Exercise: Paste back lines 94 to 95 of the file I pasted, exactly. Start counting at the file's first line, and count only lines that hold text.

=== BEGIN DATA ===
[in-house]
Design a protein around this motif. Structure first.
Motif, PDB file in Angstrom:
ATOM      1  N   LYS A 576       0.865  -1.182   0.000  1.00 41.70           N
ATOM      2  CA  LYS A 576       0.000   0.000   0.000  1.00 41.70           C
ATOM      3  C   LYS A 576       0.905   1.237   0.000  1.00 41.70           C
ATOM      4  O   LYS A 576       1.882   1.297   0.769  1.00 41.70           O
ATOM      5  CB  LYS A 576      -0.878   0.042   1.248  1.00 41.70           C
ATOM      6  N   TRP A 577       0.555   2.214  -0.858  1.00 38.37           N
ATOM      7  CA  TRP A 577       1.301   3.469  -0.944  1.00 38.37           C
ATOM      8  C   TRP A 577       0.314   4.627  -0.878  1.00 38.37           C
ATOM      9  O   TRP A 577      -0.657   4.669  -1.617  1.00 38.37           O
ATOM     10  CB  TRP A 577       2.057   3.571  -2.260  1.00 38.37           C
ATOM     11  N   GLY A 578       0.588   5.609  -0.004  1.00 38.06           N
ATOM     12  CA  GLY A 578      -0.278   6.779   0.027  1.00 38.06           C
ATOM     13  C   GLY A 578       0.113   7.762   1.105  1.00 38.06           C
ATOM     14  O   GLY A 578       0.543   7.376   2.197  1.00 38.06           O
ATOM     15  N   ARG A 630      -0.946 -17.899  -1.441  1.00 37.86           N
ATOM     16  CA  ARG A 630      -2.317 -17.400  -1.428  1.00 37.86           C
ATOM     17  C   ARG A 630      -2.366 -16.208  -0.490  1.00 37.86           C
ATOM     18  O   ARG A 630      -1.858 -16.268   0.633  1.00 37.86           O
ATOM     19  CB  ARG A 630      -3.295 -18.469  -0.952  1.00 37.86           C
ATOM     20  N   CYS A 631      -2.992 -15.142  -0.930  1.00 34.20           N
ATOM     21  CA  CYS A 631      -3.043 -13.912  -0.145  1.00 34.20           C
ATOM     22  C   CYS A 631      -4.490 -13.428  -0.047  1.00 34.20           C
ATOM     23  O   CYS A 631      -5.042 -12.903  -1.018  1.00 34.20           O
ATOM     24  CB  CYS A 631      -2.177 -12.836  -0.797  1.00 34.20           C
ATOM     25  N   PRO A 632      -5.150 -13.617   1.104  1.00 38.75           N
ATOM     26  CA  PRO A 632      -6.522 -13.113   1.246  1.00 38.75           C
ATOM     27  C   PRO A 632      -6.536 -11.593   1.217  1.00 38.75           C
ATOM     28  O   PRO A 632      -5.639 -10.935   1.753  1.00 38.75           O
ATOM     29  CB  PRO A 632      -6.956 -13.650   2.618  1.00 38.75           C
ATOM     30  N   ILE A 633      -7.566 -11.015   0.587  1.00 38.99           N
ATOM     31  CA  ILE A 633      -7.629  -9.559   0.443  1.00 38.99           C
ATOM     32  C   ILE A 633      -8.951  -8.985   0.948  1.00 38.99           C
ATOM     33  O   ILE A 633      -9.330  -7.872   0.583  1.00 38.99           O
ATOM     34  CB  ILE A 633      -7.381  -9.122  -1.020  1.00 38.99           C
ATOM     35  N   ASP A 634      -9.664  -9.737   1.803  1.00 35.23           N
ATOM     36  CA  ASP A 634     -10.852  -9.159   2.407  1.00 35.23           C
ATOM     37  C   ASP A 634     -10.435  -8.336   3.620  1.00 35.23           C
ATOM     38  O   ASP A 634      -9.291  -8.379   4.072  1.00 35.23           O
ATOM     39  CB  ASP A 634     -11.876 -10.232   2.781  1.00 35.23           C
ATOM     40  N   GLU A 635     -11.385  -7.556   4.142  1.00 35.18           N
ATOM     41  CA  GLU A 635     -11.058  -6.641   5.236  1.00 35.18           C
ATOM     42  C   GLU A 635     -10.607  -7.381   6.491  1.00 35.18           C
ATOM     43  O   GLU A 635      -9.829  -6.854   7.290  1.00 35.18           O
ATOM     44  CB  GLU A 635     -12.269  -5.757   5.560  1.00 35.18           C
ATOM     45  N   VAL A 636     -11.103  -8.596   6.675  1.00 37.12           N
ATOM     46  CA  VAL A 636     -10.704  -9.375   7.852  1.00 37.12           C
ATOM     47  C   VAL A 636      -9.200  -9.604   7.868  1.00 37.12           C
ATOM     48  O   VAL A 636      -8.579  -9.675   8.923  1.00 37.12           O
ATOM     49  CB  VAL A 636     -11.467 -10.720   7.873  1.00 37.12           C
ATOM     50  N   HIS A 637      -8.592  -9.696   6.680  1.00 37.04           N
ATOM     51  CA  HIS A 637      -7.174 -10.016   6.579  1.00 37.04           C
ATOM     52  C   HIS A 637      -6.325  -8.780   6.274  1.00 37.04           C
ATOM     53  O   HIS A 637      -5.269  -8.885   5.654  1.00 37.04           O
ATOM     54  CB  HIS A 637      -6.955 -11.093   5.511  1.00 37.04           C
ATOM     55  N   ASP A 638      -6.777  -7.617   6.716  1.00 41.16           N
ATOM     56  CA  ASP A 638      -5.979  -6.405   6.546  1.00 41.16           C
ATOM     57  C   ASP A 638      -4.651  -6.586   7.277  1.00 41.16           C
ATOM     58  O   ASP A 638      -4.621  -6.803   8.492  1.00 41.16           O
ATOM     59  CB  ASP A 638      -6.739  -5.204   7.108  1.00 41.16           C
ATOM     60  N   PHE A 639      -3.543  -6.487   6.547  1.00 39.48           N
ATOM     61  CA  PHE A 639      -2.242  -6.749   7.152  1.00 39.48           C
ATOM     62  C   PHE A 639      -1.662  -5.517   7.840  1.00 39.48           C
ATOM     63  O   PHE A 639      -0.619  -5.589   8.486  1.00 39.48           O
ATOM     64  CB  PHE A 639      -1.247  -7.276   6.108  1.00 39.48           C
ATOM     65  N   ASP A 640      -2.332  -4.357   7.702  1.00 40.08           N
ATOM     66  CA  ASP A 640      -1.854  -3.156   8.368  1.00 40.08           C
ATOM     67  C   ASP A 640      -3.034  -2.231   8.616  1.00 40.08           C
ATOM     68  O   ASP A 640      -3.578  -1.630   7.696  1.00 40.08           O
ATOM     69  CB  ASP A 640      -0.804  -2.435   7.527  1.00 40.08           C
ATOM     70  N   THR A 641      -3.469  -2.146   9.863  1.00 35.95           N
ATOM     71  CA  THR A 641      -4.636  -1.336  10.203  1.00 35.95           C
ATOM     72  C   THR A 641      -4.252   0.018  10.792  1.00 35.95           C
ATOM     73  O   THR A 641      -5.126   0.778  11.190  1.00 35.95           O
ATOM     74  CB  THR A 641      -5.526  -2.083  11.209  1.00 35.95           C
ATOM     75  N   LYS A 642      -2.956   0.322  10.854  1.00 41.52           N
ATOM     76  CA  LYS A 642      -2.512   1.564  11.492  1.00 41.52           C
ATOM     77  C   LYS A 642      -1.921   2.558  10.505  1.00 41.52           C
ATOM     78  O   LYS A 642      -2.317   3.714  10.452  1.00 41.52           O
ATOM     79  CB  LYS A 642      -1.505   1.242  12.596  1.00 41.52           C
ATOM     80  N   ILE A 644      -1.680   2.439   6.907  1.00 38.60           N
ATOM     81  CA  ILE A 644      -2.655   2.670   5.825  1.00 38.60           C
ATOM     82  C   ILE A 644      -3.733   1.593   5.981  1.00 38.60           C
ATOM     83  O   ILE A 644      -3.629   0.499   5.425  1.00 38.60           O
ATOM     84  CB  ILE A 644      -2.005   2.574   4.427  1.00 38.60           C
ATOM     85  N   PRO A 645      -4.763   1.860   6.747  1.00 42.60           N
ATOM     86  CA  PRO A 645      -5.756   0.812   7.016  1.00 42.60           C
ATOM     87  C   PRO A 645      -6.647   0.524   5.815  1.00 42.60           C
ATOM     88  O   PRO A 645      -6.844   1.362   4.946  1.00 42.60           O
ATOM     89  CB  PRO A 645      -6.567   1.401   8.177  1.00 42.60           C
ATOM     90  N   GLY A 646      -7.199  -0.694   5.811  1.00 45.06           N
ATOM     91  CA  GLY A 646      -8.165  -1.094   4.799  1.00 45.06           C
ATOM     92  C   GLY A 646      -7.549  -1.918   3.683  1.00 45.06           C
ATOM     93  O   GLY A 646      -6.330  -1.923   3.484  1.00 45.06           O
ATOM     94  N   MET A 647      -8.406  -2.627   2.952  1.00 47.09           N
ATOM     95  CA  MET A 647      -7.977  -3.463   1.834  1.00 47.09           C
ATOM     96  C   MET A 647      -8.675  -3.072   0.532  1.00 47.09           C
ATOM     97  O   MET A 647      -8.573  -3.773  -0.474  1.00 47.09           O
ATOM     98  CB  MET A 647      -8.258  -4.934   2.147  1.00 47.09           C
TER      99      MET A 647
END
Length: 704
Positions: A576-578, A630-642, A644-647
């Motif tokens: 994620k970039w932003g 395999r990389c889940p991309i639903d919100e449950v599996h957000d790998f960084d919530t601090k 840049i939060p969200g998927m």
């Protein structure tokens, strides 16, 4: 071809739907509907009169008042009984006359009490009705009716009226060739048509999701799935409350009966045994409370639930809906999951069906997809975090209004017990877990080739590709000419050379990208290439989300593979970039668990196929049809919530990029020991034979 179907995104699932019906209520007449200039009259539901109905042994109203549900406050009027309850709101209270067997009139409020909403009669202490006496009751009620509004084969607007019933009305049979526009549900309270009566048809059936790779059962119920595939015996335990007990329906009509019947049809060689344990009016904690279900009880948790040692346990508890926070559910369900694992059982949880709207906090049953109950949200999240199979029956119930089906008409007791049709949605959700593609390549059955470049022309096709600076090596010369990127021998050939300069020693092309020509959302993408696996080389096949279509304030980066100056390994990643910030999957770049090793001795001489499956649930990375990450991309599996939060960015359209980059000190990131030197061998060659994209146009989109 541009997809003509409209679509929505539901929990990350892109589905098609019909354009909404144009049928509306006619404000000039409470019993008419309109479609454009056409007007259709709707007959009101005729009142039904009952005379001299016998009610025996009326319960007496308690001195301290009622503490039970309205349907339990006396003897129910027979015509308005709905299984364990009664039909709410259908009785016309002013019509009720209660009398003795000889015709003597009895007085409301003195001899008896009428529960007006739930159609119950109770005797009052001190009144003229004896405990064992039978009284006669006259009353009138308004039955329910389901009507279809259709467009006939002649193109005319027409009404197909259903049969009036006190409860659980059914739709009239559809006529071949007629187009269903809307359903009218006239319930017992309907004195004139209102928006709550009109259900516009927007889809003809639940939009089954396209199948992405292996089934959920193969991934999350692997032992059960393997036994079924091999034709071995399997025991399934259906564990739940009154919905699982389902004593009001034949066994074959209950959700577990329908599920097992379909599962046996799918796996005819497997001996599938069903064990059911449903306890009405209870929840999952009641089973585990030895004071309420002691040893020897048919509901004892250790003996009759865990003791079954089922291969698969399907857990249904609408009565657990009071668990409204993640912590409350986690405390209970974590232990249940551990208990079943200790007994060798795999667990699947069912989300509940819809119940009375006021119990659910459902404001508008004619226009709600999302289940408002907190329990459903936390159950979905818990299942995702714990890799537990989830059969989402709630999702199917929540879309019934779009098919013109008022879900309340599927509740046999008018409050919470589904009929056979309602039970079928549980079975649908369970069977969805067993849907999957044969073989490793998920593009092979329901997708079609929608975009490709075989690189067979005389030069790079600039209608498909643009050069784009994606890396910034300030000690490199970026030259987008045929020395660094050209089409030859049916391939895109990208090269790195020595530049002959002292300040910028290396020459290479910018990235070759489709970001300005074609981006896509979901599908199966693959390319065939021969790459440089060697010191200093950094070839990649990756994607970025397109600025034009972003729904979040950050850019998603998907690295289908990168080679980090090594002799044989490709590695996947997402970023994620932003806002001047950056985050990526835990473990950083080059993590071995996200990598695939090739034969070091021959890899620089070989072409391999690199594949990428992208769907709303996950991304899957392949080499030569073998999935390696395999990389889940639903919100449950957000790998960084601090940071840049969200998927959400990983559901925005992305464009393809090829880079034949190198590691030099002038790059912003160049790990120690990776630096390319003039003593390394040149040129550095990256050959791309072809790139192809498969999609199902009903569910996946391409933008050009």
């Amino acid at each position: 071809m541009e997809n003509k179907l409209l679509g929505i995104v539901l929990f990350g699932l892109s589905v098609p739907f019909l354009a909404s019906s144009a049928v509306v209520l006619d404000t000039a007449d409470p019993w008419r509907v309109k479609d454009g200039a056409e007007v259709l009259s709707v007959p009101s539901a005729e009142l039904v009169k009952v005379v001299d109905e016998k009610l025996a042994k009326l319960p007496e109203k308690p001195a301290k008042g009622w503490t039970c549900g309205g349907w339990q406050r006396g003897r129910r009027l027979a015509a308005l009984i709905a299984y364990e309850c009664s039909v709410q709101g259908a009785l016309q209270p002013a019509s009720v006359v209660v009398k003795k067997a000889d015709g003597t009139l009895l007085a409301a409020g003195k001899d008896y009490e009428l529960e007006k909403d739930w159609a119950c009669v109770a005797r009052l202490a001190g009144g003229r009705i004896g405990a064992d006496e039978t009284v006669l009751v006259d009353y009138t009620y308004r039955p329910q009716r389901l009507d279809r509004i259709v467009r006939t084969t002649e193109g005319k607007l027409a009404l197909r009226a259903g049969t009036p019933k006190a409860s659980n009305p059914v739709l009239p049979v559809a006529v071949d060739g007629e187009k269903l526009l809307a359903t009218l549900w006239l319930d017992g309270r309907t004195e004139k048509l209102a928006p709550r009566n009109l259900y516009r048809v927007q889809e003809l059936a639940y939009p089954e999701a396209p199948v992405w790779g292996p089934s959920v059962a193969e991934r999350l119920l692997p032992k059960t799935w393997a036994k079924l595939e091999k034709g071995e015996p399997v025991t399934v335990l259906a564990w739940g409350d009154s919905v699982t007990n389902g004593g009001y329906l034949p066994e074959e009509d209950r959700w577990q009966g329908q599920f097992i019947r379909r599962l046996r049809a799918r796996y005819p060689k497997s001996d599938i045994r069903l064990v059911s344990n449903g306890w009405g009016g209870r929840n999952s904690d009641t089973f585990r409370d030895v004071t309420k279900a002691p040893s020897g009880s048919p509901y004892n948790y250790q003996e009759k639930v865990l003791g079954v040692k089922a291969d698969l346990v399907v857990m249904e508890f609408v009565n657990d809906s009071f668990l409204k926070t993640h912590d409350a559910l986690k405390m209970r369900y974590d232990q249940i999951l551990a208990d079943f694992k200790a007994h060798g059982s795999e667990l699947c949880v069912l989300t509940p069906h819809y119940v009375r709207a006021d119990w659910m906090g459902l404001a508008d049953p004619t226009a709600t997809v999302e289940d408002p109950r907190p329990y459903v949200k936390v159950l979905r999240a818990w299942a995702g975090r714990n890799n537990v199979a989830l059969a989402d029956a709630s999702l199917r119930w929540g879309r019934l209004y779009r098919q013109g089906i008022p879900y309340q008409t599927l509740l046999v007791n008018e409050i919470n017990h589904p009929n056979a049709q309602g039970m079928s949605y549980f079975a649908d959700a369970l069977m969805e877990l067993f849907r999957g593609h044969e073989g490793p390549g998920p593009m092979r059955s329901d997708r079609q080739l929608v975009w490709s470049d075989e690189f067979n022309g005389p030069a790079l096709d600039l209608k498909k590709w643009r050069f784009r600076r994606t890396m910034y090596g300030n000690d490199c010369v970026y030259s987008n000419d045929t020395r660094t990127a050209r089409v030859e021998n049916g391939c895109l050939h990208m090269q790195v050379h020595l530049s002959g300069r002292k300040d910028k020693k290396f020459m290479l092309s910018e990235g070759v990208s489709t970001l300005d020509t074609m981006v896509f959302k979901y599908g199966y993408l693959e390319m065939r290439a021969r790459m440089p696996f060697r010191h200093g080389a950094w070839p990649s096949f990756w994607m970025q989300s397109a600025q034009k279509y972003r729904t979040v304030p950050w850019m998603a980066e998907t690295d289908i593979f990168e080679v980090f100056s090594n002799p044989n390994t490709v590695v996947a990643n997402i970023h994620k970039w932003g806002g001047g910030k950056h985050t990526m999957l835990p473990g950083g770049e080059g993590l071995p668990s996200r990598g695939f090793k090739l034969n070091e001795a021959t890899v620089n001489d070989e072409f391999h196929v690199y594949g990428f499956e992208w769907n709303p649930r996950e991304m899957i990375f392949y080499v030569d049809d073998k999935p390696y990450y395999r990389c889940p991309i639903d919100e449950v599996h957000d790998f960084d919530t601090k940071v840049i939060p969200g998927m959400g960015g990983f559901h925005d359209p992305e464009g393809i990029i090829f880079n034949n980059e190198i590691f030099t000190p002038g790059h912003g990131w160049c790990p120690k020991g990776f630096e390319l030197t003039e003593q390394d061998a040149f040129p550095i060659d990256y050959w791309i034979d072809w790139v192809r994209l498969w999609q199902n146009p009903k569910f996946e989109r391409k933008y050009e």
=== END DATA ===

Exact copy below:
ATOM     91  CA  GLY A 646      -8.165  -1.094   4.799  1.00 45.06           C
ATOM     92  C   GLY A 646      -7.549  -1.918   3.683  1.00 45.06           C